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Arthritis Res Ther. 2003;5(3):R132-9. Epub 2003 Mar 12.

Adverse effects of adenovirus-mediated gene transfer of human transforming growth factor beta 1 into rabbit knees.

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Department of Molecular Genetics and Biochemistry, University of Pittsburgh School of Medicine, Pittsburgh, Pennsylvania, USA.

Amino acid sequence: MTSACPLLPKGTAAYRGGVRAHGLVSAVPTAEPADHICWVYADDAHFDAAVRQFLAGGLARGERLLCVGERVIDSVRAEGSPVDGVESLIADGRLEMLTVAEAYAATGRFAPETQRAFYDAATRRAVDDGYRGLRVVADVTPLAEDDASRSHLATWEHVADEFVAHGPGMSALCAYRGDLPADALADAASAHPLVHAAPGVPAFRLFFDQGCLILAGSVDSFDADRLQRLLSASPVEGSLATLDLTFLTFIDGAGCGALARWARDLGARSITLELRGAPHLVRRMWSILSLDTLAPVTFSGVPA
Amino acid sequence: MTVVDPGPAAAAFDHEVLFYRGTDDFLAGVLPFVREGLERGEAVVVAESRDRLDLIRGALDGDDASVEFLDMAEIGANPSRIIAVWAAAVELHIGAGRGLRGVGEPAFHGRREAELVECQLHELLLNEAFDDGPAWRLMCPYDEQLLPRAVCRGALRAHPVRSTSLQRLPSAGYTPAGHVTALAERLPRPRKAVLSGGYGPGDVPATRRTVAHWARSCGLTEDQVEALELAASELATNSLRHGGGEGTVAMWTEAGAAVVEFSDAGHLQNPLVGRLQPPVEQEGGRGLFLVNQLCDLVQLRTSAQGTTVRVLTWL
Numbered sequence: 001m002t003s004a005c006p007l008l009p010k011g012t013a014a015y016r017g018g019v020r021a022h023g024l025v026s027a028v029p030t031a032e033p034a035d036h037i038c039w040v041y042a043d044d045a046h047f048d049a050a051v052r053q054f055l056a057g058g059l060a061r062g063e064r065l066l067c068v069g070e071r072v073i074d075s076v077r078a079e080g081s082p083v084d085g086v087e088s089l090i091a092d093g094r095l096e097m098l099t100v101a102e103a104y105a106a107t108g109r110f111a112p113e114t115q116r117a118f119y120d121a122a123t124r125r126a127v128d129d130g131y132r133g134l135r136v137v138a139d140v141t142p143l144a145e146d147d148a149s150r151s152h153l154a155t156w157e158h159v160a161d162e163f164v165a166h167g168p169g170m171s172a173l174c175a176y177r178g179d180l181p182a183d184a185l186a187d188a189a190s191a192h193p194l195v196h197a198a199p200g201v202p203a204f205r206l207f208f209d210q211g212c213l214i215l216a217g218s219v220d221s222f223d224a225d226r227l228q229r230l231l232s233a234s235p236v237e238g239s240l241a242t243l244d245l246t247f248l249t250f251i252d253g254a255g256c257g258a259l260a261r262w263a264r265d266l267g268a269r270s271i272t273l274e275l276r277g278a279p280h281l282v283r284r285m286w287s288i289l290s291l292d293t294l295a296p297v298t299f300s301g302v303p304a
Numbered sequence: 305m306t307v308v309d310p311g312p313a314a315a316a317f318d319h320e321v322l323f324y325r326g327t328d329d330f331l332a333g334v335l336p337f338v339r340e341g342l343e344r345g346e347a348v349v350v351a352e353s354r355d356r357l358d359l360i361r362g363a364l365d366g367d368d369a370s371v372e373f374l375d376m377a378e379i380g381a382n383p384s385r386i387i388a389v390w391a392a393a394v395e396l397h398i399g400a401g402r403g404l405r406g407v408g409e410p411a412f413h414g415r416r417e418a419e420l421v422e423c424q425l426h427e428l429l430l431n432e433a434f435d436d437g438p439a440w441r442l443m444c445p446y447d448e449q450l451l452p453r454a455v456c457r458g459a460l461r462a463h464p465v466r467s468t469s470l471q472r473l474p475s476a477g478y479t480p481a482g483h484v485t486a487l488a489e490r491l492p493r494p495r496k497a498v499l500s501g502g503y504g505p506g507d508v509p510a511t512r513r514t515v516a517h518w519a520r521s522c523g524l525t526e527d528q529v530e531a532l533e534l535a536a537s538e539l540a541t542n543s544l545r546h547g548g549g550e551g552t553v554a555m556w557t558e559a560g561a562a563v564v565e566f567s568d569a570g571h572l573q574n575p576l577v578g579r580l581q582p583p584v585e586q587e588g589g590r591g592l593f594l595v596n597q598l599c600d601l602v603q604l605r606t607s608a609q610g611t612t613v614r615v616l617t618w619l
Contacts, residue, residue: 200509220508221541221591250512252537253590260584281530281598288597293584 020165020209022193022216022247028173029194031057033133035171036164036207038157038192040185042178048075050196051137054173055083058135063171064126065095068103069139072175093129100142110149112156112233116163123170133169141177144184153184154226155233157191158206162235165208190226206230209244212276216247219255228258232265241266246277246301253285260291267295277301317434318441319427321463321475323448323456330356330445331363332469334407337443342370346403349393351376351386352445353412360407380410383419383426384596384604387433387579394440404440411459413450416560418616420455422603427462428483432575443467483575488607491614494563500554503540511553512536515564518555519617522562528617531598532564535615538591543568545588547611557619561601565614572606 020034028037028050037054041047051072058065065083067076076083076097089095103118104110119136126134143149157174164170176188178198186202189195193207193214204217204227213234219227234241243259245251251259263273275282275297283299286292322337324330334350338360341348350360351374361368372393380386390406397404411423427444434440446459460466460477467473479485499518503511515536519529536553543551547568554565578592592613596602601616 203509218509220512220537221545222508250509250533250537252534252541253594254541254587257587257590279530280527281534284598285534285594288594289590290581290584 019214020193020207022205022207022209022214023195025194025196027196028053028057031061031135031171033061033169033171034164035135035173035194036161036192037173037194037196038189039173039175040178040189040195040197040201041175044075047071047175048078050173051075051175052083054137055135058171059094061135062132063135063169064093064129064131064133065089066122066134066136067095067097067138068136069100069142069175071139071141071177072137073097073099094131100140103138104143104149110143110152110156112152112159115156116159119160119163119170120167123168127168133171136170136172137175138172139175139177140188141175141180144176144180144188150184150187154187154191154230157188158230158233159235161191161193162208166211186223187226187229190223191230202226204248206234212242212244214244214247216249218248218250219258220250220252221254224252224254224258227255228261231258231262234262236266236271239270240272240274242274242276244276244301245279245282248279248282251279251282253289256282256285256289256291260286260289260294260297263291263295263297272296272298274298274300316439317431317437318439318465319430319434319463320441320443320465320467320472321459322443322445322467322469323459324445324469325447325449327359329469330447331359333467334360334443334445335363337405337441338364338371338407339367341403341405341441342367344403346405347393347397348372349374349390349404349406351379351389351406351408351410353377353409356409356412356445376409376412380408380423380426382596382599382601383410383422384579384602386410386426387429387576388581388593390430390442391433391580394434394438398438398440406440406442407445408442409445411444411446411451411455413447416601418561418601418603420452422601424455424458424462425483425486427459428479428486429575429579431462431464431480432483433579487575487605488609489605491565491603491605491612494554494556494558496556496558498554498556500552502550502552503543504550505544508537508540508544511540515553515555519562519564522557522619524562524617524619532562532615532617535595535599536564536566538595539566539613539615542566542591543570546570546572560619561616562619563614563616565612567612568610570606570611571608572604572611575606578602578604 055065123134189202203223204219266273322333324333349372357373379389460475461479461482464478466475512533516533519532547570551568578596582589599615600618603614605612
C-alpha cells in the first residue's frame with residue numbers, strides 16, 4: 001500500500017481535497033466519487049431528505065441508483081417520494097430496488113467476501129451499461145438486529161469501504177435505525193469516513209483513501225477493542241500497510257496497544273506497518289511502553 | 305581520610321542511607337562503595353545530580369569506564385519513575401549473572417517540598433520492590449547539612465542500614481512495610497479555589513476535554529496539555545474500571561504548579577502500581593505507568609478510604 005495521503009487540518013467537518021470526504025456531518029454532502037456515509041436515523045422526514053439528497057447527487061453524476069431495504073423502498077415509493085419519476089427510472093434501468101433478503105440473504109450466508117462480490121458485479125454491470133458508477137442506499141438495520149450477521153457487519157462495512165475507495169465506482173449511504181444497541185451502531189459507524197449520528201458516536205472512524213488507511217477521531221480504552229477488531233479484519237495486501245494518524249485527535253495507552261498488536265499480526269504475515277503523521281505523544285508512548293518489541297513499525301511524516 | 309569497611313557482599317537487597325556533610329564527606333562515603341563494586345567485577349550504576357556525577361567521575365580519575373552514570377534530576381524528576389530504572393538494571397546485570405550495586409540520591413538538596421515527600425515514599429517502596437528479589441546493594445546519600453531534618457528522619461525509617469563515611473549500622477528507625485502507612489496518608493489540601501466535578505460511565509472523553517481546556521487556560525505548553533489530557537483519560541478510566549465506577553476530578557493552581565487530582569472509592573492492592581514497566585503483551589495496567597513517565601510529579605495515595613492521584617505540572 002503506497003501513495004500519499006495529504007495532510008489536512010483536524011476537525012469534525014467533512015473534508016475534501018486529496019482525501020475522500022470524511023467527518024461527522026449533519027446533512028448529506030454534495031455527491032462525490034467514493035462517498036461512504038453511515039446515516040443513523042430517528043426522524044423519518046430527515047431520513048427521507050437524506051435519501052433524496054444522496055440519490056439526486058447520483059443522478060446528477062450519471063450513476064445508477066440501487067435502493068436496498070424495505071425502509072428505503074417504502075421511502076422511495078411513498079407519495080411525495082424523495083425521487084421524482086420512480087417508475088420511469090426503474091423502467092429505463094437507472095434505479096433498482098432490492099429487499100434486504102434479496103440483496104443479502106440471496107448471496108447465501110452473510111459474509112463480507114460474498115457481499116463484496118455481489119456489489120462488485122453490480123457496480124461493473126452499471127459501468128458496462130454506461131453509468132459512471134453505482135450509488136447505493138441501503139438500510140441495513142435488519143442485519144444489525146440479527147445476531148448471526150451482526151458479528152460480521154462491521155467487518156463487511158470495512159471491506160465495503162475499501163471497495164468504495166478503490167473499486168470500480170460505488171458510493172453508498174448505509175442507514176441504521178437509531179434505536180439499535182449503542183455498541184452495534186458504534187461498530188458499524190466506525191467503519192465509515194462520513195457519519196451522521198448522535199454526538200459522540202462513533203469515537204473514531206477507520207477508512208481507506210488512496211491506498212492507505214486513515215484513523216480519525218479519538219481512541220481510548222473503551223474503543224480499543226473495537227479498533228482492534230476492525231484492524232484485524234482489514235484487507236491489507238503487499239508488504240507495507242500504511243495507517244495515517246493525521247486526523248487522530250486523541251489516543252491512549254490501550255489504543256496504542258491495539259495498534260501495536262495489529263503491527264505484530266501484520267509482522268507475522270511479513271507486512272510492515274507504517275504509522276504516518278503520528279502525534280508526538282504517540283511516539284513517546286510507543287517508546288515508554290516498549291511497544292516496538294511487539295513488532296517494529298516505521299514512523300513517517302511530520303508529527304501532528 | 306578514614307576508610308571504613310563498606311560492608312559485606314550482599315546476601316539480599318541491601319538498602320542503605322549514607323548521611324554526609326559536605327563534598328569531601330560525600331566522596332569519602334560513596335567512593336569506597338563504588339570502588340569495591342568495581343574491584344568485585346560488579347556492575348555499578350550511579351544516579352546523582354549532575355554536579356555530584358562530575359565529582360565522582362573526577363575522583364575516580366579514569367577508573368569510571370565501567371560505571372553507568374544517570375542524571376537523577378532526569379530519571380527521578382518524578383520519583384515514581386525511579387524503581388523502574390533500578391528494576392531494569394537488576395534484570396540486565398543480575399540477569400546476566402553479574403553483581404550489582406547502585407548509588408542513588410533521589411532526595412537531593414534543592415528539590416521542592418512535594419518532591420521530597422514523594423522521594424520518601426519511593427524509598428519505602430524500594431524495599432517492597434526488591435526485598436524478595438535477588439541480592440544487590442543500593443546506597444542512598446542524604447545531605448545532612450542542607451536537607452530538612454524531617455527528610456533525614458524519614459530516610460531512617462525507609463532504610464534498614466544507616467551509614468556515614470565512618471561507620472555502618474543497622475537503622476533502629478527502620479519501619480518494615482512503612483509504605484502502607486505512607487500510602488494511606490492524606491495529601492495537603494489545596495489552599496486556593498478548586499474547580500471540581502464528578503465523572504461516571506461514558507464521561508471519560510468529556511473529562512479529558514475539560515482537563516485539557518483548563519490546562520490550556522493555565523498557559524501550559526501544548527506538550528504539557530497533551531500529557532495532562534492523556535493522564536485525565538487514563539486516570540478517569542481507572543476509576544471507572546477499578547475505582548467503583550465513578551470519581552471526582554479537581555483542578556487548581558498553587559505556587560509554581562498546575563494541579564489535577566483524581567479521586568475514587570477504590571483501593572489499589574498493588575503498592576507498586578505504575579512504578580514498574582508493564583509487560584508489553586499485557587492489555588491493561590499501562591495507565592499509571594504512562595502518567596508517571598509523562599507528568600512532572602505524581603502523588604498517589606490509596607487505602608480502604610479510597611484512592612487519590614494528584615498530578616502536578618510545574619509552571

To examine the effect of transforming growth factor (TGF)-beta1 on the regulation of cartilage synthesis and other articular pathologies, we used adenovirus-mediated intra-articular gene transfer of TGF-beta1 to both naïve and arthritic rabbit knee joints. Increasing doses of adenoviral vector expressing TGF-beta1 were injected into normal and antigen-induced arthritis rabbit knee joints through the patellar tendon, with the same doses of an adenoviral vector expressing luciferase injected into the contralateral knees as the control. Intra-articular injection of adenoviral vector expressing TGF-beta1 into the rabbit knee resulted in dose-dependent TGF-beta1 expression in the synovial fluid. Intra-articular TGF-beta1 expression in both naïve and arthritic rabbit knee joints resulted in significant pathological changes in the rabbit knee as well as in adjacent muscle tissue. The observed changes induced by elevated TGF-beta1 included inhibition of white blood cell infiltration, stimulation of glycosaminoglycan release and nitric oxide production, and induction of fibrogenesis and muscle edema. In addition, induction of chondrogenesis within the synovial lining was observed. These results suggest that even though TGF-beta1 may have anti-inflammatory properties, it is unable to stimulate repair of damaged cartilage, even stimulating cartilage degradation. Gene transfer of TGF-beta1 to the synovium is thus not suitable for treating intra-articular pathologies.

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